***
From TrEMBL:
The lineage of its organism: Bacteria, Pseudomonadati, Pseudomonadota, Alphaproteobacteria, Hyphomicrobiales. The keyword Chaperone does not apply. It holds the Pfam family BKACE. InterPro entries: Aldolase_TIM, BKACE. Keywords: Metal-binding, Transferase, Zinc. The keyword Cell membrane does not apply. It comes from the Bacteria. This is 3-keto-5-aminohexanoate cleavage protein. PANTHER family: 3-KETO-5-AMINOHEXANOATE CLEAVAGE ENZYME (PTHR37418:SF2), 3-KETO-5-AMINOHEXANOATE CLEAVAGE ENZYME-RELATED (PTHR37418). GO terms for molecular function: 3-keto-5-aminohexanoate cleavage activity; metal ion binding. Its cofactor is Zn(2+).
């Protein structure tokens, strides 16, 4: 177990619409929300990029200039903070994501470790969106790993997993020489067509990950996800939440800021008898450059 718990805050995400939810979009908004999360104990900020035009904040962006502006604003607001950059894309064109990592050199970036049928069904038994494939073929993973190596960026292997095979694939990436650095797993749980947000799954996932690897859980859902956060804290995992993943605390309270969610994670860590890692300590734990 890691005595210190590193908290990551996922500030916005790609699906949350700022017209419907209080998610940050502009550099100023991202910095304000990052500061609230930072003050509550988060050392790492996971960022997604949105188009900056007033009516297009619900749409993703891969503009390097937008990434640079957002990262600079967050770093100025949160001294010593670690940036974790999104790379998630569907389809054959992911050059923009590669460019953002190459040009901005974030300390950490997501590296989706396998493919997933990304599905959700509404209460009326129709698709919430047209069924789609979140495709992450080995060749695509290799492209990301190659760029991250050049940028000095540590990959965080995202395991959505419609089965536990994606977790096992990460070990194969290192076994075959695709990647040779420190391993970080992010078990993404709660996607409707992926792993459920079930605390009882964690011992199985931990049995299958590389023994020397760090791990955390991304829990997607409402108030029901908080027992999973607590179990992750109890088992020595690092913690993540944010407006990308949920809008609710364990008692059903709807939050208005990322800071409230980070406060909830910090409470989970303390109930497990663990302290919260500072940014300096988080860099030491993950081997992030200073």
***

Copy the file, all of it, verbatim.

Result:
From TrEMBL:
The lineage of its organism: Bacteria, Pseudomonadati, Pseudomonadota, Alphaproteobacteria, Hyphomicrobiales. The keyword Chaperone does not apply. It holds the Pfam family BKACE. InterPro entries: Aldolase_TIM, BKACE. Keywords: Metal-binding, Transferase, Zinc. The keyword Cell membrane does not apply. It comes from the Bacteria. This is 3-keto-5-aminohexanoate cleavage protein. PANTHER family: 3-KETO-5-AMINOHEXANOATE CLEAVAGE ENZYME (PTHR37418:SF2), 3-KETO-5-AMINOHEXANOATE CLEAVAGE ENZYME-RELATED (PTHR37418). GO terms for molecular function: 3-keto-5-aminohexanoate cleavage activity; metal ion binding. Its cofactor is Zn(2+).
């Protein structure tokens, strides 16, 4: 177990619409929300990029200039903070994501470790969106790993997993020489067509990950996800939440800021008898450059 718990805050995400939810979009908004999360104990900020035009904040962006502006604003607001950059894309064109990592050199970036049928069904038994494939073929993973190596960026292997095979694939990436650095797993749980947000799954996932690897859980859902956060804290995992993943605390309270969610994670860590890692300590734990 890691005595210190590193908290990551996922500030916005790609699906949350700022017209419907209080998610940050502009550099100023991202910095304000990052500061609230930072003050509550988060050392790492996971960022997604949105188009900056007033009516297009619900749409993703891969503009390097937008990434640079957002990262600079967050770093100025949160001294010593670690940036974790999104790379998630569907389809054959992911050059923009590669460019953002190459040009901005974030300390950490997501590296989706396998493919997933990304599905959700509404209460009326129709698709919430047209069924789609979140495709992450080995060749695509290799492209990301190659760029991250050049940028000095540590990959965080995202395991959505419609089965536990994606977790096992990460070990194969290192076994075959695709990647040779420190391993970080992010078990993404709660996607409707992926792993459920079930605390009882964690011992199985931990049995299958590389023994020397760090791990955390991304829990997607409402108030029901908080027992999973607590179990992750109890088992020595690092913690993540944010407006990308949920809008609710364990008692059903709807939050208005990322800071409230980070406060909830910090409470989970303390109930497990663990302290919260500072940014300096988080860099030491993950081997992030200073």